Edward Snowden first contacted Guardian reporter Glenn Greenwald as early as February, apparently in an effort to communicate his growing desire to leak secret documents. He had worked for the CIA up until 2009 when his work history becomes cloudy. On May 16, he offered Washington Post reporter Barton Gellman information on the Prism program. All of this happened before he went to work at Booz, Allen, which fired him the day after it became known that he had leaked secret documents. While Booz questioned his resume, apparently he resolved the discrepancies in his work timeline to their satisfaction. But he never concealed his dislike of secrecy or his willingness to expose secrets he thought the public should know. So why was he hired? Was Booz, Allen simply asleep at the switch, or is it common practice for them to hire people with an anti-secrecy history, who lack even a high school degree, into jobs that come with access to some of the most sensitive secrets the US possesses?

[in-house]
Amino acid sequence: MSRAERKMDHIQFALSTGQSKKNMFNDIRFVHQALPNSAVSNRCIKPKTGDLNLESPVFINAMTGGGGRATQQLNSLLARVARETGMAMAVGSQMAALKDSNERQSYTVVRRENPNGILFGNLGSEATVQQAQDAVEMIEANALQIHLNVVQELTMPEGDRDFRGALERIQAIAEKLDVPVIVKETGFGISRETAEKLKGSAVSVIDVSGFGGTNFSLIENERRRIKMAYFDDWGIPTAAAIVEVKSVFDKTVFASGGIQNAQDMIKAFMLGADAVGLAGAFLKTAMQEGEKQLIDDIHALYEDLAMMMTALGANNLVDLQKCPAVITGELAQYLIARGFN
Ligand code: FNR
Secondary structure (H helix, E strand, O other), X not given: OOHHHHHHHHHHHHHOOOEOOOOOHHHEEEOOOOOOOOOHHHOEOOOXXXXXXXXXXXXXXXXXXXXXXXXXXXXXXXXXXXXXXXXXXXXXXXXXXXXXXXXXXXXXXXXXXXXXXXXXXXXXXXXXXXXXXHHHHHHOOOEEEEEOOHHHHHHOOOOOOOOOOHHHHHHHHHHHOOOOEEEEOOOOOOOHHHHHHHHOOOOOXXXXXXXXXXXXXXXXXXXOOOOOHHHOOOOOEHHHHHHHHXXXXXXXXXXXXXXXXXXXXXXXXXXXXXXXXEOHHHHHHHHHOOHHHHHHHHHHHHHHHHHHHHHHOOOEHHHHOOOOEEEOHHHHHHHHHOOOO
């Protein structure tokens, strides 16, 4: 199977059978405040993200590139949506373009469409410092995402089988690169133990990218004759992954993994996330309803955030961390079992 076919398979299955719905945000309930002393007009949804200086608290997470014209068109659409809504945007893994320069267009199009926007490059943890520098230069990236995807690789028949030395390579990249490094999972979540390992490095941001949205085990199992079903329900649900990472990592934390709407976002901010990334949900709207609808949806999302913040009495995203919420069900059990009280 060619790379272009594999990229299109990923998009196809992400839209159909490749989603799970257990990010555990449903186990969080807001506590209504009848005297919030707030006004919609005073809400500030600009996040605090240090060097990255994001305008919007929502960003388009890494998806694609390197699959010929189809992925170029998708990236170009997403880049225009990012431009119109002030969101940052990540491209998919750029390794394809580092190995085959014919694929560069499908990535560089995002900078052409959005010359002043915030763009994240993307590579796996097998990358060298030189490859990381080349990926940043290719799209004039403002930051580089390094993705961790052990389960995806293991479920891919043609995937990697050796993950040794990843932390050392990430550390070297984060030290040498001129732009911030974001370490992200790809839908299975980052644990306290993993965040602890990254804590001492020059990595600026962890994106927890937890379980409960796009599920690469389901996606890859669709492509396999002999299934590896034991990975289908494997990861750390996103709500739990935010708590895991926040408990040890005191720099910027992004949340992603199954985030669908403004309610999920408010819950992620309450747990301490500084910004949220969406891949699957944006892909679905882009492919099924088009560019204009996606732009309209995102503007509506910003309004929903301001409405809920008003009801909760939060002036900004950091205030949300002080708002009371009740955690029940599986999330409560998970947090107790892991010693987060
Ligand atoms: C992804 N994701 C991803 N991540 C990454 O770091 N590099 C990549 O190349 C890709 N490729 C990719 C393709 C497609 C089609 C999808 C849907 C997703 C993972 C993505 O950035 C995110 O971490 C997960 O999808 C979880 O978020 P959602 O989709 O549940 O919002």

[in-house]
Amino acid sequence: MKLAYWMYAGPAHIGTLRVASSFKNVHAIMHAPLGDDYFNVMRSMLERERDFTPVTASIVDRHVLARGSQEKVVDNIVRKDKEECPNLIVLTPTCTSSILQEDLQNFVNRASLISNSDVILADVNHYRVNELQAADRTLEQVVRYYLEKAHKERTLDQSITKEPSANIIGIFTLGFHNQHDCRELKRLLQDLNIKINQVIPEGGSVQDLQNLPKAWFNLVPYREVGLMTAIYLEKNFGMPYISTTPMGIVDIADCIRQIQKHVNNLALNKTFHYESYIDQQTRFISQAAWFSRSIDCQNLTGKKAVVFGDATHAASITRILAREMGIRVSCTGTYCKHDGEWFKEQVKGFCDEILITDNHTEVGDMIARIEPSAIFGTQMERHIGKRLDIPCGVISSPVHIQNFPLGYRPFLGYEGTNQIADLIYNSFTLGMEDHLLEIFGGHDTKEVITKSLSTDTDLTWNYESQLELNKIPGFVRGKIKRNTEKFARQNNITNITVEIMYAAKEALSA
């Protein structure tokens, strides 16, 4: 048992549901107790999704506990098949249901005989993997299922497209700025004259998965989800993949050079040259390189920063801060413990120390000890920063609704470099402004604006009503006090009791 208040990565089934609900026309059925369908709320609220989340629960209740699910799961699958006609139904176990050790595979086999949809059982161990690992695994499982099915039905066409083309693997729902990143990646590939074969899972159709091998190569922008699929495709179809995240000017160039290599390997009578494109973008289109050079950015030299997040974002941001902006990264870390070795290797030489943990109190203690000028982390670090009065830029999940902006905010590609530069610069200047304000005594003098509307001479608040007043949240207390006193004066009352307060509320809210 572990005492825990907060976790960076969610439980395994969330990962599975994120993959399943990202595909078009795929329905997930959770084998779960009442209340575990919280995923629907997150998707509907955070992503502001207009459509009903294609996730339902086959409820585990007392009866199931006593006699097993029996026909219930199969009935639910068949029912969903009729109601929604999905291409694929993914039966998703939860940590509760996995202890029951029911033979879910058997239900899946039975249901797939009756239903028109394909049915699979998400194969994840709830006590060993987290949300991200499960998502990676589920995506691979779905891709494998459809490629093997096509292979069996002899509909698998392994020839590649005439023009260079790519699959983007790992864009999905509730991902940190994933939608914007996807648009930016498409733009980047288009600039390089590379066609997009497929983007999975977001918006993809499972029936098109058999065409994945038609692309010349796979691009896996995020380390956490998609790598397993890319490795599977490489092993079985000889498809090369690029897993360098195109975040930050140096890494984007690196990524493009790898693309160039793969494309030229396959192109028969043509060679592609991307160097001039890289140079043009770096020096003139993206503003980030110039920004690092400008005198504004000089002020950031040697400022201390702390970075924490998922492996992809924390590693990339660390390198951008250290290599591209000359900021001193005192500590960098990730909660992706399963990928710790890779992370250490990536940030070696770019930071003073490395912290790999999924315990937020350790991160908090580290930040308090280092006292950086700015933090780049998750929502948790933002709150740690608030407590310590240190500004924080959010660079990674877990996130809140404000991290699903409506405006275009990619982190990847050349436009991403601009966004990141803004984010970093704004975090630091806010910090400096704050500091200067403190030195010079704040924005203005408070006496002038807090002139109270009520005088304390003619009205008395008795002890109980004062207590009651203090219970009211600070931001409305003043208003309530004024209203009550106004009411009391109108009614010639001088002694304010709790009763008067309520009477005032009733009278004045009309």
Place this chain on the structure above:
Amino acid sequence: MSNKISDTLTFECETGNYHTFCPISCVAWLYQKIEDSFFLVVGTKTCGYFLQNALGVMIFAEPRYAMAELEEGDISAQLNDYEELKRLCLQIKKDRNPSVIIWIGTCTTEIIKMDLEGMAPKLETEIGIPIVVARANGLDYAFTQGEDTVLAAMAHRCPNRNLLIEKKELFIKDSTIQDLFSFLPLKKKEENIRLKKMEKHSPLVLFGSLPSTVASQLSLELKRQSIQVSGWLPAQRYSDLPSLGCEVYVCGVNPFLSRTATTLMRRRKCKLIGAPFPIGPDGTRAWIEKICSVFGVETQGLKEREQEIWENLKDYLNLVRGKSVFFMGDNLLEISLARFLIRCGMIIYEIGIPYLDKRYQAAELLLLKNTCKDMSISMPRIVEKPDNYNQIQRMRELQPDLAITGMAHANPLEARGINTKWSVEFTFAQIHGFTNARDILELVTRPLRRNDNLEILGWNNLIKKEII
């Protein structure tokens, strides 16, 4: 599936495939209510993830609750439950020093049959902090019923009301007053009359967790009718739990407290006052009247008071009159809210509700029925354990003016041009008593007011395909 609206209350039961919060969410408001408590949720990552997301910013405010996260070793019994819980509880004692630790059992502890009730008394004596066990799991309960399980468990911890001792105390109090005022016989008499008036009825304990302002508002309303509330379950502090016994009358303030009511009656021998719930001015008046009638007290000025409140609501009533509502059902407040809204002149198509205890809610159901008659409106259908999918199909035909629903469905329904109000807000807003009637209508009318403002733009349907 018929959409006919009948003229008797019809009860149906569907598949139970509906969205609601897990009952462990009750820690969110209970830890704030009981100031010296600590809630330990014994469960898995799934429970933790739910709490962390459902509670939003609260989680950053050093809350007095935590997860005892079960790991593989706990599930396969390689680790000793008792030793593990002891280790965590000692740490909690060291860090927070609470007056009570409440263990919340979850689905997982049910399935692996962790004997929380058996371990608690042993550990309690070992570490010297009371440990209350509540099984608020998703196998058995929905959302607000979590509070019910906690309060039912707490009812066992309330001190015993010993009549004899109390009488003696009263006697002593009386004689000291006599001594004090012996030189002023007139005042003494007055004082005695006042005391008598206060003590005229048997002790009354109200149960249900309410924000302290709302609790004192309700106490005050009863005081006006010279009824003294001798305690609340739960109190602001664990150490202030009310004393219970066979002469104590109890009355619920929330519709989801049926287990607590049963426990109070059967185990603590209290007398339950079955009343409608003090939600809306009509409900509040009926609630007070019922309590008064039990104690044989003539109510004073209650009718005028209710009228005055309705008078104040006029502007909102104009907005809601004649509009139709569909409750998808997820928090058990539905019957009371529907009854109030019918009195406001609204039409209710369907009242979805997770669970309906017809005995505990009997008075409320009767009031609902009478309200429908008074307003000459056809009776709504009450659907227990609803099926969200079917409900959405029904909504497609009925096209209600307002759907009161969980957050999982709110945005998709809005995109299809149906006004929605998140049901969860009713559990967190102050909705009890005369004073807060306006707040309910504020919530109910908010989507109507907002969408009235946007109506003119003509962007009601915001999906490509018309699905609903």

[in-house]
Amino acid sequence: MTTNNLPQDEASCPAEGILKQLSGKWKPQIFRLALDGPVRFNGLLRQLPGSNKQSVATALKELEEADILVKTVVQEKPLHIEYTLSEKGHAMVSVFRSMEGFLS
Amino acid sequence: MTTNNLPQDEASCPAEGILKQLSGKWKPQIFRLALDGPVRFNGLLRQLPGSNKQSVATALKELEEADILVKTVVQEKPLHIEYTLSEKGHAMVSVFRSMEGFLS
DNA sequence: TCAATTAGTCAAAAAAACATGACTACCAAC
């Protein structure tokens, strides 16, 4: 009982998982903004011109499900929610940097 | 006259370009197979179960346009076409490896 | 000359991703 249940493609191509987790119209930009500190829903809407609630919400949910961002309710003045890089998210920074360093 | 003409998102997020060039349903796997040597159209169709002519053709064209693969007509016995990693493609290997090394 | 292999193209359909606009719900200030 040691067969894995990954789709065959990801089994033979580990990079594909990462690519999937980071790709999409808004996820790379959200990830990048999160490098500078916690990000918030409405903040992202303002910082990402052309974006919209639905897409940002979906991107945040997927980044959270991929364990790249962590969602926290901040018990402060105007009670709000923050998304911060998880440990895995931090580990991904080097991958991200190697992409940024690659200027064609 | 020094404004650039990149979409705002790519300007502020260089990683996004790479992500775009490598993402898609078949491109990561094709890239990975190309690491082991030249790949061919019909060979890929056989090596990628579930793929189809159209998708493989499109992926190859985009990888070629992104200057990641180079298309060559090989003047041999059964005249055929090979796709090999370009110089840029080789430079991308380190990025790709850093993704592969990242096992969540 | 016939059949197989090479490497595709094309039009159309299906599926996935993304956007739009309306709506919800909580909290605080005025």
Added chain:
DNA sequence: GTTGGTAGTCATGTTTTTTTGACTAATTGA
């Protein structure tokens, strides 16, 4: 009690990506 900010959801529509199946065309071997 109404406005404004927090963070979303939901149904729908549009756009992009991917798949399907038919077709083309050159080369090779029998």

Or was he hired by somebody who thought he might do what he did, knowing that his actions would probably lead congress to pass even more stringent security measures and give the intelligence services even more power? It’s not clear, but if Booz, Allen wanted to give someone access to secrets that they knew would be stolen and made public, they could not have picked a more ideal candidate.